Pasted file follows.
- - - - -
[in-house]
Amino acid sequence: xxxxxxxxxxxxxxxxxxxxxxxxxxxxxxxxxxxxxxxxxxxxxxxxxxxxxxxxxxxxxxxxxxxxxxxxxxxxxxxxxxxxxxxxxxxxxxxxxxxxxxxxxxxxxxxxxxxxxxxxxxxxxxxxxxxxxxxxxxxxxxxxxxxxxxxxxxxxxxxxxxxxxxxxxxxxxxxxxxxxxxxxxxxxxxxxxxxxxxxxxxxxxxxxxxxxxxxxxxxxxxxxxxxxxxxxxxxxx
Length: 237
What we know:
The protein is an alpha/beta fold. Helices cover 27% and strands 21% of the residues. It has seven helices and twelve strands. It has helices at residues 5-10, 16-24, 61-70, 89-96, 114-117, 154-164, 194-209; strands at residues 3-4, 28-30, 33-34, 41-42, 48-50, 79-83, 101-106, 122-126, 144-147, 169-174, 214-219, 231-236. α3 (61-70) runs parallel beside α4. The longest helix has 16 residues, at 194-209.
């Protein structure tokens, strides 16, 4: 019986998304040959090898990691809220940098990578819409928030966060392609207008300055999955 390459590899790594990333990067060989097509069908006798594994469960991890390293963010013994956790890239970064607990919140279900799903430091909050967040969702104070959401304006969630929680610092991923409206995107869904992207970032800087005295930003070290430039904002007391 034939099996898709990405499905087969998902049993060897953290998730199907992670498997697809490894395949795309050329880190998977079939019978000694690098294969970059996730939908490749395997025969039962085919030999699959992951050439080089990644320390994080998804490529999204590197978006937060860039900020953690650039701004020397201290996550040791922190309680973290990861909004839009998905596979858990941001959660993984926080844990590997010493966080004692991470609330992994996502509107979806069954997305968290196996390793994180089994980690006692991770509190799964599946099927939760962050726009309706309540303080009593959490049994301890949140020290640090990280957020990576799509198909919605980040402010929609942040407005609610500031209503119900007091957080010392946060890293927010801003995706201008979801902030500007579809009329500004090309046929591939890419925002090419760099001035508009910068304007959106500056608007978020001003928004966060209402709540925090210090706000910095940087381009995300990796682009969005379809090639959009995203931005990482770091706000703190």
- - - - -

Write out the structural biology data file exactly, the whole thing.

[in-house]
Amino acid sequence: xxxxxxxxxxxxxxxxxxxxxxxxxxxxxxxxxxxxxxxxxxxxxxxxxxxxxxxxxxxxxxxxxxxxxxxxxxxxxxxxxxxxxxxxxxxxxxxxxxxxxxxxxxxxxxxxxxxxxxxxxxxxxxxxxxxxxxxxxxxxxxxxxxxxxxxxxxxxxxxxxxxxxxxxxxxxxxxxxxxxxxxxxxxxxxxxxxxxxxxxxxxxxxxxxxxxxxxxxxxxxxxxxxxxxxxxxxxxx
Length: 237
What we know:
The protein is an alpha/beta fold. Helices cover 27% and strands 21% of the residues. It has seven helices and twelve strands. It has helices at residues 5-10, 16-24, 61-70, 89-96, 114-117, 154-164, 194-209; strands at residues 3-4, 28-30, 33-34, 41-42, 48-50, 79-83, 101-106, 122-126, 144-147, 169-174, 214-219, 231-236. α3 (61-70) runs parallel beside α4. The longest helix has 16 residues, at 194-209.
């Protein structure tokens, strides 16, 4: 019986998304040959090898990691809220940098990578819409928030966060392609207008300055999955 390459590899790594990333990067060989097509069908006798594994469960991890390293963010013994956790890239970064607990919140279900799903430091909050967040969702104070959401304006969630929680610092991923409206995107869904992207970032800087005295930003070290430039904002007391 034939099996898709990405499905087969998902049993060897953290998730199907992670498997697809490894395949795309050329880190998977079939019978000694690098294969970059996730939908490749395997025969039962085919030999699959992951050439080089990644320390994080998804490529999204590197978006937060860039900020953690650039701004020397201290996550040791922190309680973290990861909004839009998905596979858990941001959660993984926080844990590997010493966080004692991470609330992994996502509107979806069954997305968290196996390793994180089994980690006692991770509190799964599946099927939760962050726009309706309540303080009593959490049994301890949140020290640090990280957020990576799509198909919605980040402010929609942040407005609610500031209503119900007091957080010392946060890293927010801003995706201008979801902030500007579809009329500004090309046929591939890419925002090419760099001035508009910068304007959106500056608007978020001003928004966060209402709540925090210090706000910095940087381009995300990796682009969005379809090639959009995203931005990482770091706000703190």